Yes, I know I promised to savage anyone who used the term "uberize" to describe a disruptive business model, but having spent a fascinating day at the ARForum in London last week, it really struck me that uberization is pretty much what HfS has done to the traditional IT analyst industry, when you look at the results of what ~1000 consumers of IT research are saying:
Click to read the full article over at Influencer Relations
While you can't really do a direct apples-t0-apples comparison between the Uber and HfS business models, what we have in common is the fact we've both leveraged digital platforms to disrupt traditional, slow-moving industries - and with limited infrastructure and resources.
So why is HfS the "Uber" of the analyst industry?
1. We use digital technology, the web and social as our customer platform. At HfS, we do not need to hire armies of expensive, aggressive sales people to grow our customer base. We use our webplatform, a host of digital content and marketing apps, our blog and our social communities to bring the customers to us - at a fraction of the cost.
2. We don't view "customers" as entities that have to give us money. Do Facebook, Twitter and LI fail to influence people because they are free? It's the same with research - why does everyone have to pay money to be considered "influenced". We get over a million visits to our stuff every year, well over 100,000 subscribers to our blogs and research and 15-20k pieces of research being downloaded each month. These are our customers. We just don't believe in making everyone pay-to-play - we are of a size where we are proud to share what we do without slapping a huge paywall in front of the world. That's why we are already the #3 firm in the industry in terms of reach and influence, after only 6 years in existence.
3. Freemium research, that is compelling and easy to access, is what gets read today. Most people tend to read only research when it's slapped in front of them, that is digestible and compelling. Trying to navigate your way behind an expensively assembled firewall and search engine pretty much loses most people before they even think about trying to reset their password. I recall when I was last working for a "legacy" analyst firm that we were lucky to get more than 15 people downloading a report. Today we have in excess of 20,000 reading them. The difference is, simply, off the scale.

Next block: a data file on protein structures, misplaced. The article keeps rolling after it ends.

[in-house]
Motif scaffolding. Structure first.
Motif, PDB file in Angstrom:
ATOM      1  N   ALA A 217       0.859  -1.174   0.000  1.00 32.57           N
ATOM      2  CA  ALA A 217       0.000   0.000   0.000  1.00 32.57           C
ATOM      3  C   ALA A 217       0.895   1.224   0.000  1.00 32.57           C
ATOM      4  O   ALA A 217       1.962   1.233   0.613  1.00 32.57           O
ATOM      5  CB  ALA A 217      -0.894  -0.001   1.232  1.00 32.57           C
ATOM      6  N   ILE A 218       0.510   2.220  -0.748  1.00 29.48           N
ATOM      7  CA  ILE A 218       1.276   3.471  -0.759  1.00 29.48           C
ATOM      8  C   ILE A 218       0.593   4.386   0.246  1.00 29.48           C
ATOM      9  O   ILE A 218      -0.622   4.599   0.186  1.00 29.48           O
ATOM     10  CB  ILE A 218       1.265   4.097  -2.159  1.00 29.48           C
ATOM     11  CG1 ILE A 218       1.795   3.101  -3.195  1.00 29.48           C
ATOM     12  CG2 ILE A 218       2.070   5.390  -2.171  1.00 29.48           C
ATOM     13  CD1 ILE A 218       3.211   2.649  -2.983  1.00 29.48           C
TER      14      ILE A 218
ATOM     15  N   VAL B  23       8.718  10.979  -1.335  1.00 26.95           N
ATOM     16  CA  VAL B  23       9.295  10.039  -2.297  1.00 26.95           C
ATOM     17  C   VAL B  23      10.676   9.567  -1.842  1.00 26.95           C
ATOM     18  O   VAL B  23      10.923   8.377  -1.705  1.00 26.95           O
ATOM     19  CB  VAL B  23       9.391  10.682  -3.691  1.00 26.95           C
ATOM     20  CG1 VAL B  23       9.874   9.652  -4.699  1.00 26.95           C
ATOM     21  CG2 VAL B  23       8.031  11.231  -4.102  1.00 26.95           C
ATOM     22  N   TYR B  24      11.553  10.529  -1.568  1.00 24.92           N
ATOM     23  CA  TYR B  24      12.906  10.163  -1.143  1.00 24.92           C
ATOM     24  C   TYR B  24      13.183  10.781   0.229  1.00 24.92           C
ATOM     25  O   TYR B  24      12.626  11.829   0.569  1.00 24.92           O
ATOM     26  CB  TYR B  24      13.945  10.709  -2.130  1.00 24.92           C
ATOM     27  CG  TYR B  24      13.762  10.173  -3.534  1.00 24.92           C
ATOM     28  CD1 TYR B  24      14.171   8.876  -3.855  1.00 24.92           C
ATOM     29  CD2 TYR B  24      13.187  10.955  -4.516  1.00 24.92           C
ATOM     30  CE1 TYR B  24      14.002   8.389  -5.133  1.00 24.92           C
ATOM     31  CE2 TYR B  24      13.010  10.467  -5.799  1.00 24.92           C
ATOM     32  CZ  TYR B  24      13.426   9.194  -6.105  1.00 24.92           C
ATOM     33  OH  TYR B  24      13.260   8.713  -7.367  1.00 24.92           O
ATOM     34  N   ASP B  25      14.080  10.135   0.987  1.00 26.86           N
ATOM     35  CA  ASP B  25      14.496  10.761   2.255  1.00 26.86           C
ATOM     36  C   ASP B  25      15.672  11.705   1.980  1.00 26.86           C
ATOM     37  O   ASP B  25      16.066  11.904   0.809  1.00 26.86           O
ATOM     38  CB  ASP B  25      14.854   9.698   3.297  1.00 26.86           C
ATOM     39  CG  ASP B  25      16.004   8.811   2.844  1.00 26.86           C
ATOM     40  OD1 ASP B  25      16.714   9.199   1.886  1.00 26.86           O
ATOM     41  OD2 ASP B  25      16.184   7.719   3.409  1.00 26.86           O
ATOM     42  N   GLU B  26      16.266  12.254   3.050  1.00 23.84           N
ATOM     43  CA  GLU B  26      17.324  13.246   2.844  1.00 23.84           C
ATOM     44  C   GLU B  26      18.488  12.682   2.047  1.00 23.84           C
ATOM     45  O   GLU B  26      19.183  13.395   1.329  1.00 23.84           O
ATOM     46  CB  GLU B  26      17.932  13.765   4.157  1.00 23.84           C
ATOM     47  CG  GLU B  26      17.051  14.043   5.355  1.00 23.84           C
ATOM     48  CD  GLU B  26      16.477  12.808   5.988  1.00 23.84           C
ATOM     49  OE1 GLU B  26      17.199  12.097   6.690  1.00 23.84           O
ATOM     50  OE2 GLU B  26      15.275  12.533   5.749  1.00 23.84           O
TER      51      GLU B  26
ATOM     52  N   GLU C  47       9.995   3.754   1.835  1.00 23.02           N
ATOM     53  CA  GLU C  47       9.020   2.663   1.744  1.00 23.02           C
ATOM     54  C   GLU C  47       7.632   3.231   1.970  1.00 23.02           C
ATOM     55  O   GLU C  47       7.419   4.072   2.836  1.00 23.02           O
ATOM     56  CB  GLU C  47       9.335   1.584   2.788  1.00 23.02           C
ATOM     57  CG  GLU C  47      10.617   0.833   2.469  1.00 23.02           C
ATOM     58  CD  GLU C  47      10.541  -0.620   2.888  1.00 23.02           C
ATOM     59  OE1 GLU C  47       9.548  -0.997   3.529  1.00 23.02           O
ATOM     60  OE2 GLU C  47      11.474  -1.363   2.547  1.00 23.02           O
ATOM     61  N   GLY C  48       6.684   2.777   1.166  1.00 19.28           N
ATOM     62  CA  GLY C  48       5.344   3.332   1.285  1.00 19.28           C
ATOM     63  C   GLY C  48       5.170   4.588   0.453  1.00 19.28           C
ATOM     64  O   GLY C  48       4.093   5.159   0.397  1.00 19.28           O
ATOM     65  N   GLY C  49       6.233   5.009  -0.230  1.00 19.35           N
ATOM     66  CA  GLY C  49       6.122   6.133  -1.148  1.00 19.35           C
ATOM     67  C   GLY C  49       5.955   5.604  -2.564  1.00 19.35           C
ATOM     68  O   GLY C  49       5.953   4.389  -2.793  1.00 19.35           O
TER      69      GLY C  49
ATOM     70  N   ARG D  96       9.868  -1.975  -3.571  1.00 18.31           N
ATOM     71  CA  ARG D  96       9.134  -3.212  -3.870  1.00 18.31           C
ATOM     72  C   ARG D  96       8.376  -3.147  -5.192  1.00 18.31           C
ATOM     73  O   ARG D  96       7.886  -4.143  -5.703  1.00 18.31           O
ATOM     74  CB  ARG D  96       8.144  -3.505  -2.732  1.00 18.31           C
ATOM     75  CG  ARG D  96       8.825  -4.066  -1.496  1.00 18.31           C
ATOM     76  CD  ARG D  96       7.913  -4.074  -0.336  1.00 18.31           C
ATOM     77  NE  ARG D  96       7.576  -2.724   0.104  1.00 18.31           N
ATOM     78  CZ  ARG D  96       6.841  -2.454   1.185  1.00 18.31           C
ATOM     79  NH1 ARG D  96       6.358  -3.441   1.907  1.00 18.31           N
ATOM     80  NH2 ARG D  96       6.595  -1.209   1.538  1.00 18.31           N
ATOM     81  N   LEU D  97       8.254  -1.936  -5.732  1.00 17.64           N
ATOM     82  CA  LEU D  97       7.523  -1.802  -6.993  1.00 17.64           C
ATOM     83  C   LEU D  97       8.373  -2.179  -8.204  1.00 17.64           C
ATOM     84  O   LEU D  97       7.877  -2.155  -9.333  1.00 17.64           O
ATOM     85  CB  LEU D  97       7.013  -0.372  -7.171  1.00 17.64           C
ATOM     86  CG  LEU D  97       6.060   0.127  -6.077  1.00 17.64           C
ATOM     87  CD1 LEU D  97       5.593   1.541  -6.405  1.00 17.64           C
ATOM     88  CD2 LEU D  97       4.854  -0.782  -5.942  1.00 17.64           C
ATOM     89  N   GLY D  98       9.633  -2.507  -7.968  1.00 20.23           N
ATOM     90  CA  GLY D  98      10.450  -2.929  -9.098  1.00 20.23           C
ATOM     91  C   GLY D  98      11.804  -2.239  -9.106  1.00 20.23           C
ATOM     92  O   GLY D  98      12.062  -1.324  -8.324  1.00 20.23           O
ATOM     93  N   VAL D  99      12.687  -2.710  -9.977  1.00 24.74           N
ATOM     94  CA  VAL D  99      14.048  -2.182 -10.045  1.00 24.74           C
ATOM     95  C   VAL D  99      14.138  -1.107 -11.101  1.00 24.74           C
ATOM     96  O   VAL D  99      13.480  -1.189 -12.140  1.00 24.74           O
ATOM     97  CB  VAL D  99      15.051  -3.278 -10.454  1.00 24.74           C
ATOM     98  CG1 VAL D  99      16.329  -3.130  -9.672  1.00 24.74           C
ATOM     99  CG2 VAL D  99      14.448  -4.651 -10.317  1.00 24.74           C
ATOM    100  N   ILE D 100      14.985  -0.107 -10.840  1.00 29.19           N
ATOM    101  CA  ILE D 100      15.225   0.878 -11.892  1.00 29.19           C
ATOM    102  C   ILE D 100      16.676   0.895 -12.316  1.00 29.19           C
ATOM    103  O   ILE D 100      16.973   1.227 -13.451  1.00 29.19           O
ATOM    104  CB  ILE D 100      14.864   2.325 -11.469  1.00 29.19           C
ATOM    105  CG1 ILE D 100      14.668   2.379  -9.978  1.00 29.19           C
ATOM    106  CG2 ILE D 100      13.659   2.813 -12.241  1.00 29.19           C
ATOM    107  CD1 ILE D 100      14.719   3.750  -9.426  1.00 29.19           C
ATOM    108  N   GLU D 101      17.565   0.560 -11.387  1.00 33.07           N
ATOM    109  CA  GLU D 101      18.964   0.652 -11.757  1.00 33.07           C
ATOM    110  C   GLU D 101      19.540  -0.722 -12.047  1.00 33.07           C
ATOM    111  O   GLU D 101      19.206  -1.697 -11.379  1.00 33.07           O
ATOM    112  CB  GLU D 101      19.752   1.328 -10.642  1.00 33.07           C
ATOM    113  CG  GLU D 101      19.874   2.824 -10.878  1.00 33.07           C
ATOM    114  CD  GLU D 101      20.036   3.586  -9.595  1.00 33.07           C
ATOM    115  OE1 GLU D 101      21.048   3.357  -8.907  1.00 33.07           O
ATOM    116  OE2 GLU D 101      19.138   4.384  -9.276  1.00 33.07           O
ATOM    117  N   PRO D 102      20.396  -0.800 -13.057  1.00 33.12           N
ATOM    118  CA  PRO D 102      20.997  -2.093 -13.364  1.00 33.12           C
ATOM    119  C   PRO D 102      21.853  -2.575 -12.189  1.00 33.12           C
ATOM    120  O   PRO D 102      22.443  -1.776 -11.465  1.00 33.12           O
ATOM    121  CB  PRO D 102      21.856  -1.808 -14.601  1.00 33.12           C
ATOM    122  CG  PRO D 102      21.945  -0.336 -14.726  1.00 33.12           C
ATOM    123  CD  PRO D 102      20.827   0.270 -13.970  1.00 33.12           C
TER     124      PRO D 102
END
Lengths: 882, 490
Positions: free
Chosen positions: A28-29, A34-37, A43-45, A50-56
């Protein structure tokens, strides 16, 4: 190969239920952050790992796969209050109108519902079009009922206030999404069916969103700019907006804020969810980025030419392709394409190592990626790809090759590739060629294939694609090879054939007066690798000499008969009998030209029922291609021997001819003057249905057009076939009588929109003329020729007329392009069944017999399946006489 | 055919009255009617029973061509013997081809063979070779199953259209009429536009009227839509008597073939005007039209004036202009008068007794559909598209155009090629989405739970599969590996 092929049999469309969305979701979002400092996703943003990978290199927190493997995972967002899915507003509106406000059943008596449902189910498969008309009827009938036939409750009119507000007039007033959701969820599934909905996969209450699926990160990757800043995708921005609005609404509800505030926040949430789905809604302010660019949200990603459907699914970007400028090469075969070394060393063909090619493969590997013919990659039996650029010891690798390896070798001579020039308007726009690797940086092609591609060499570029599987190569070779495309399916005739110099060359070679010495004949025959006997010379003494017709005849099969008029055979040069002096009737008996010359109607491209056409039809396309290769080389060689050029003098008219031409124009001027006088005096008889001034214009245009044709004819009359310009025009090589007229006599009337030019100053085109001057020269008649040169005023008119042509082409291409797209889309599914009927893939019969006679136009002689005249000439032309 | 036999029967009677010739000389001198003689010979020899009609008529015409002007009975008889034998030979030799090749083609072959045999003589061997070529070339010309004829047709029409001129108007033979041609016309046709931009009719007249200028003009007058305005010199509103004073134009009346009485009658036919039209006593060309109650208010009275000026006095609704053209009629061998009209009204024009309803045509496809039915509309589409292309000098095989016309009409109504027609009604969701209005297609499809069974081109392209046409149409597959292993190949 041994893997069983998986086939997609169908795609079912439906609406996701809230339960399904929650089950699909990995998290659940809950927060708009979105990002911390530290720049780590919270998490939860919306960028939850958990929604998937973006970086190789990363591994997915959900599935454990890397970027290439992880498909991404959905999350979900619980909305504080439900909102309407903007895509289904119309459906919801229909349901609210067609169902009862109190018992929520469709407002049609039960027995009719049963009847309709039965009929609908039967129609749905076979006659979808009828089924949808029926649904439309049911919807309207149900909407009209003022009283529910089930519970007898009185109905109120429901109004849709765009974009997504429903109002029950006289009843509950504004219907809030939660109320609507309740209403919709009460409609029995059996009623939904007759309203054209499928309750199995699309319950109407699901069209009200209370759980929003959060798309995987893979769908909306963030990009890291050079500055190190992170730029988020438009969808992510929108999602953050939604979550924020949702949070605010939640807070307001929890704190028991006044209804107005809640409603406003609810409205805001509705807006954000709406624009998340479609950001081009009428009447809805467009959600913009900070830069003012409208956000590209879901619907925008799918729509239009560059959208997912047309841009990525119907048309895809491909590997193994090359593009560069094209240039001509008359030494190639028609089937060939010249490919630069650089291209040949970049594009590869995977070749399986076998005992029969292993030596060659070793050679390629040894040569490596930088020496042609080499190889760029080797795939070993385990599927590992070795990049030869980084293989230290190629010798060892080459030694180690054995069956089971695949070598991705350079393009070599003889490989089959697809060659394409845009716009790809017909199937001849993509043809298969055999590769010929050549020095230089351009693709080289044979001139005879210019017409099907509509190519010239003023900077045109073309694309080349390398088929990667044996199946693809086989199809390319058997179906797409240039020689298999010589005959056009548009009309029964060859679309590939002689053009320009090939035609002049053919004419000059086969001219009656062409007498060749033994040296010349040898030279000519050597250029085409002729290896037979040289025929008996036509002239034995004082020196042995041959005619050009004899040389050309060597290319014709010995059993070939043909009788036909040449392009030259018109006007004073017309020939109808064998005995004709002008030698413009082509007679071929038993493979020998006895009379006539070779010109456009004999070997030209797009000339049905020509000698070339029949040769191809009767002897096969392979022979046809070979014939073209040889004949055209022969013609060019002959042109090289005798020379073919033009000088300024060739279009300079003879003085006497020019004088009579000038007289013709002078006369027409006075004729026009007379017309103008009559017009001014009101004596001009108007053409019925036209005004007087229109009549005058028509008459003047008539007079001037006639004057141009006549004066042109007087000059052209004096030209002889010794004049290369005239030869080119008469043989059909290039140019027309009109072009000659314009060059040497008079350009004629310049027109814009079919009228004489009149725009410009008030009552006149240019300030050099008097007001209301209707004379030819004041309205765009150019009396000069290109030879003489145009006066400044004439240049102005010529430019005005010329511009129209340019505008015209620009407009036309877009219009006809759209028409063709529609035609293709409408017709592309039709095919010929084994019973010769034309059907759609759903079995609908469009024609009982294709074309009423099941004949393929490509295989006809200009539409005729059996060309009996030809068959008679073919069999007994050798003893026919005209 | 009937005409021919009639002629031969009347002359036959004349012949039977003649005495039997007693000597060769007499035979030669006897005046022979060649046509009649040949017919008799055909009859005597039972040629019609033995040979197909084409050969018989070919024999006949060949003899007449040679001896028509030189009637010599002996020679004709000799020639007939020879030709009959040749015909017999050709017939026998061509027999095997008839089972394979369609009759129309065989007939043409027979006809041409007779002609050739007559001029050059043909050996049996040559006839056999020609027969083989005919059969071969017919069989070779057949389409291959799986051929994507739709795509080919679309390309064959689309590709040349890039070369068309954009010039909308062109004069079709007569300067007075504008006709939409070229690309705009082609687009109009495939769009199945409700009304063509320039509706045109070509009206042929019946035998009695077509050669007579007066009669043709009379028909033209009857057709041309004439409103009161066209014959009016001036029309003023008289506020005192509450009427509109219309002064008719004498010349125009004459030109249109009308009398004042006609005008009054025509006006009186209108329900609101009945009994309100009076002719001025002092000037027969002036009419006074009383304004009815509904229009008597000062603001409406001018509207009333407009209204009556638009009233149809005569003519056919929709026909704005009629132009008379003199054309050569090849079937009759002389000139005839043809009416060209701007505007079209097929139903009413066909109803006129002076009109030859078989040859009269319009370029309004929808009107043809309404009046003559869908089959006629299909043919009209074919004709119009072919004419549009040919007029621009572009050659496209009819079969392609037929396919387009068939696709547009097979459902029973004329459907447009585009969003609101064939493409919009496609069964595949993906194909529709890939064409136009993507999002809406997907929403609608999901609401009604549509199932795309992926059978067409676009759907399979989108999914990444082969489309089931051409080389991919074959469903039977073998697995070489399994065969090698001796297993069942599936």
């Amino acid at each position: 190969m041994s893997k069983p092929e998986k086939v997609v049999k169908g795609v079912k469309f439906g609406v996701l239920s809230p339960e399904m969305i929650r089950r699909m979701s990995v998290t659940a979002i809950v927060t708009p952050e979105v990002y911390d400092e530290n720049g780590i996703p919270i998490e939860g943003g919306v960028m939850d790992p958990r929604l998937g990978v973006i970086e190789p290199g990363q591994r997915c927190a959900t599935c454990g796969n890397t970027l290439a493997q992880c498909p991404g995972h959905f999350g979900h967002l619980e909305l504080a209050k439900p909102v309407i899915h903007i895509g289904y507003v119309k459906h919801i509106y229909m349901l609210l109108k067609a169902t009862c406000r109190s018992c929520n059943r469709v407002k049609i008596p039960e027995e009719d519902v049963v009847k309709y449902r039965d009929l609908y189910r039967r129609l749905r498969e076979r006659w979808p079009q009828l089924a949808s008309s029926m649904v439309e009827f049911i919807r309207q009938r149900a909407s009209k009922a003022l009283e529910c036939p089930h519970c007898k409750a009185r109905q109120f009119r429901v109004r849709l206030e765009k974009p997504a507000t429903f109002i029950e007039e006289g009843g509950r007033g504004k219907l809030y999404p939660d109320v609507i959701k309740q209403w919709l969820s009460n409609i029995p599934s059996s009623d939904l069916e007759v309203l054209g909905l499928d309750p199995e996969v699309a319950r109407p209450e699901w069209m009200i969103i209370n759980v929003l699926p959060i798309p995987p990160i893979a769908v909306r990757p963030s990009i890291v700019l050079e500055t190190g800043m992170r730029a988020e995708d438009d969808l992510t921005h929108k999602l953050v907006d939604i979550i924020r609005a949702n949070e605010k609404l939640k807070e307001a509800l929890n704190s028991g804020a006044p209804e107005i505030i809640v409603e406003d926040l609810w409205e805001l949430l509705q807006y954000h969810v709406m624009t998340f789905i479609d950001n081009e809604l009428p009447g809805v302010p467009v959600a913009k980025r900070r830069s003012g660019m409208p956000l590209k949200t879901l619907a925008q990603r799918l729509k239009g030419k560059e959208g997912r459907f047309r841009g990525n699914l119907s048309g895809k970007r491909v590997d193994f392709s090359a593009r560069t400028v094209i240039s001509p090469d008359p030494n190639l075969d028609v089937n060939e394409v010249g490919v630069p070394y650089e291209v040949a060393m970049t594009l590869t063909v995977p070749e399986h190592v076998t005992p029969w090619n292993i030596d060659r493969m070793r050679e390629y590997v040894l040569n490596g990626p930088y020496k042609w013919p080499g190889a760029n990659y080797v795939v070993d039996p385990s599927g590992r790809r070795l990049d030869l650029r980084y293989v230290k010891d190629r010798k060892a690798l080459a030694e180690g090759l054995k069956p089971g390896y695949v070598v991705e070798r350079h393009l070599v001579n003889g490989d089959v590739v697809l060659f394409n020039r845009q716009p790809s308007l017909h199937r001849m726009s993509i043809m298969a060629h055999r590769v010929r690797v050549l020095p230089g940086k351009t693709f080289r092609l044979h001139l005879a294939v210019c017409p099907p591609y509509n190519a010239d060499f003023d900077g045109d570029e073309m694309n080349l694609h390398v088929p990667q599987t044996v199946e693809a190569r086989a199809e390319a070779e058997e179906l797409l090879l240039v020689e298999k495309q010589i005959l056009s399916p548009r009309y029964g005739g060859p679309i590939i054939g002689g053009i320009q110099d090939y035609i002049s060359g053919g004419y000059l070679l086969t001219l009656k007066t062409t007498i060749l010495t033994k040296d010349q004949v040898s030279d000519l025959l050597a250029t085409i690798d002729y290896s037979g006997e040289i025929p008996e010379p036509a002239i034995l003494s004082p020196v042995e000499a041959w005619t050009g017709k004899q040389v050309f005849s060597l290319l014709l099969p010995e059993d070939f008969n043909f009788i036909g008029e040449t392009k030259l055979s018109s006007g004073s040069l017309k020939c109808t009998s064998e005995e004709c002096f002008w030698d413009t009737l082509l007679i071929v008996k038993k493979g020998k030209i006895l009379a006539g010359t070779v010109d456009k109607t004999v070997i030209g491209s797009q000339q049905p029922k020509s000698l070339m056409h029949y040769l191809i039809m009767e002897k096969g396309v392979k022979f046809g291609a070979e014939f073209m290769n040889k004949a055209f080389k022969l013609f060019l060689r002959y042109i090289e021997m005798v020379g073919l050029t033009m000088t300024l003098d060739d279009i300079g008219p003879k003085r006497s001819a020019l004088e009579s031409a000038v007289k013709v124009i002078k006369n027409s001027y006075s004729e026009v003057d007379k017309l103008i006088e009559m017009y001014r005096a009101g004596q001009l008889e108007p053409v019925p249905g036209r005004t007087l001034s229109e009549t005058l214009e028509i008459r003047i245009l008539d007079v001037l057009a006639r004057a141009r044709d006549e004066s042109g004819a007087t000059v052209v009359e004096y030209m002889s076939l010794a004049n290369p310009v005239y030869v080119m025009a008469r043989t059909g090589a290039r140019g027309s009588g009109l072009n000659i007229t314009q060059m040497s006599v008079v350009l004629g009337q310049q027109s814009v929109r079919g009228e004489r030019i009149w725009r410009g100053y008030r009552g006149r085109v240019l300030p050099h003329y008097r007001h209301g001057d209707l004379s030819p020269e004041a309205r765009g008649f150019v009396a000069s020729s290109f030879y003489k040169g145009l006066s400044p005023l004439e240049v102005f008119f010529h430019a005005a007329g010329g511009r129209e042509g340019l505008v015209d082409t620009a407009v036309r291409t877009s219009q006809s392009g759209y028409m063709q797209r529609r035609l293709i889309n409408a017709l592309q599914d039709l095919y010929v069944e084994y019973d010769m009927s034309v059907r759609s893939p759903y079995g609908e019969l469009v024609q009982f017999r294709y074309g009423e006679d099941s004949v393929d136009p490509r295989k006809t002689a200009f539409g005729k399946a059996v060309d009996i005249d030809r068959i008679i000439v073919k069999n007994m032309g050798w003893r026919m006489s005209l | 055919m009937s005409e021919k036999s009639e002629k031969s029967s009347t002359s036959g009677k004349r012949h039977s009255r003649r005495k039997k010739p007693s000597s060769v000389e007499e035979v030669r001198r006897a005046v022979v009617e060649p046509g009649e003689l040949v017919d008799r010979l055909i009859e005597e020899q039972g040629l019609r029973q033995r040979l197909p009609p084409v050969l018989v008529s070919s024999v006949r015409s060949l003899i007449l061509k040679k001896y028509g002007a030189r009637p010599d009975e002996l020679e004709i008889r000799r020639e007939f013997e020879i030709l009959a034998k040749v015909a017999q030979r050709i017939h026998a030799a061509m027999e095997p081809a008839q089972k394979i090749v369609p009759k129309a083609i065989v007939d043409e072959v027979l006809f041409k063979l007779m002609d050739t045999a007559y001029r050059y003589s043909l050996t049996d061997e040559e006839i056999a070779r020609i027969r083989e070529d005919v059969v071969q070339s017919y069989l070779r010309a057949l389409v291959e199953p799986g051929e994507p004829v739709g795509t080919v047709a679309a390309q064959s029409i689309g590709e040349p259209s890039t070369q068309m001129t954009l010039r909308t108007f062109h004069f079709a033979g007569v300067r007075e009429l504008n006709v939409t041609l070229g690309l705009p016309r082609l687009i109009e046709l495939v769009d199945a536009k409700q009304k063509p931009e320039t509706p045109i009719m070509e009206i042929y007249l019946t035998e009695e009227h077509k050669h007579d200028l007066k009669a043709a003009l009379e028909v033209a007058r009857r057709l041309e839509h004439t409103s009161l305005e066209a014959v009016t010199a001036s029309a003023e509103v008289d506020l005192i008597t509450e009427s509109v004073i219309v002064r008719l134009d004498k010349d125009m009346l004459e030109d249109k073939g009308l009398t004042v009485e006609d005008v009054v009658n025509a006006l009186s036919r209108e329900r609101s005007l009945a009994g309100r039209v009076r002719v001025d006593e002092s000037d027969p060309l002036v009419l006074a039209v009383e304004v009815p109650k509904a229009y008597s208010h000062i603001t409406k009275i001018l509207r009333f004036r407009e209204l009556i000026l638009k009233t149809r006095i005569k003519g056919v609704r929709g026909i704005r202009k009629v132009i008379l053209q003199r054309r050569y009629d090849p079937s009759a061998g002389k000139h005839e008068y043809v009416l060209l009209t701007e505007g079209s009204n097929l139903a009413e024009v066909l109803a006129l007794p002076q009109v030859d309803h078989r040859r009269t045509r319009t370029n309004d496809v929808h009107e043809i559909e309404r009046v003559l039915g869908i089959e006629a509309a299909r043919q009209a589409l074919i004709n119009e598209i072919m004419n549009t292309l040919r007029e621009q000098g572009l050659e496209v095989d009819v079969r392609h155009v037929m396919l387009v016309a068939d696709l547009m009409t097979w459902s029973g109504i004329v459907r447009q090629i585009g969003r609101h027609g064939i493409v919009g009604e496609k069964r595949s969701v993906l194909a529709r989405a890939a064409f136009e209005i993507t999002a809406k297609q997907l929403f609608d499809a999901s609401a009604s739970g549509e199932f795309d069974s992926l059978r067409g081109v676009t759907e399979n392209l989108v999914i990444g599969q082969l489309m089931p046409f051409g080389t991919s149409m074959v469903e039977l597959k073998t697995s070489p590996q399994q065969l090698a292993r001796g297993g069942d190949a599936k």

4. The revenue model is different from the incumbents. We don't believe most people really want to pay for libraries of reports any more. They will, however, pay for benchmark and pricing data, competitive analyses and access to awesome analysts, who are fun to talk with and easy to get hold of. We also mix access to our massive global community (both physical and electronic) with the research access. Our buyer clients can come to our industry-leading quarterly summits, while vendor clients can have sponsorship privileges. We believe peer networking and sharing the dynamics of thousands of the global community as a critical part of the Research 2.0 process.
Talking about analyst disruption last week, at the 2015 ARForum
5. The customer experience is just so much better. I love the fact that, with Uber, both the drivers and customers get to rate each other. It's a bit like that with HfS - we love our clients and we want them to love us. We do not put in 1-800 numbers to set up faceless analyst discussions, and we certainly do not stick analysts on competing postage-stamp P&Ls where they cover extremely narrow areas. In fact, talk to HfS and you'll likely get a meeting with 4-5 of our analysts within a few days as so many areas are overlapping, if you really need to talk to us urgently. We also make time to hang out with our clients, at our office or theirs. We do this because we enjoy it, not because we just want to get through the ol' 9-5 treadmill. It's like getting into an Uber, where the driver is genuinely grateful to be of service, as opposed to some self-entitled miserable worker who's just going through the motions.
6. The incumbents can't/won't cannibalize their revenues. No-one likes having to drop their prices, while improving their services and customer experience at the same time. It costs money and upsets investors with short-term mindsets. There is also an arrogance when your firm has been printing money for years, and suddenly you have to work for it again. Entitled people just do not want to work harder/smarter and with a better attitude. It's the same for many of these overpriced creaking old taxis that smell like a dog died in the trunk - they simply have lost the ability and appetite to up their game.
The Bottom-line: It's all about being non-traditional, using digital tech and creating a workable revenue model
Hopefully, after reading this, people will start to use the term "HfS-ize" instead of uberize =)
But, seriously, surviving in a market that refuses to change, such as the traditional IT analyst industry, is all about leveraging digital tech and the web to have a much, much more competitive model in terms of cost, reach and customer accessibility. However, you can use all the cool tech in the world, but it's useless without the human factor to drive it and make the magic work. That's where having a team of motivated, passionate - and genuinely nice people, makes this business successful.
While technology and a great business model is what makes the thing function, it's really the people, the socially intelligent attitude and culture which make up our secret sauce.
Analytics and Big Data, Business Process Outsourcing (BPO), Cloud Computing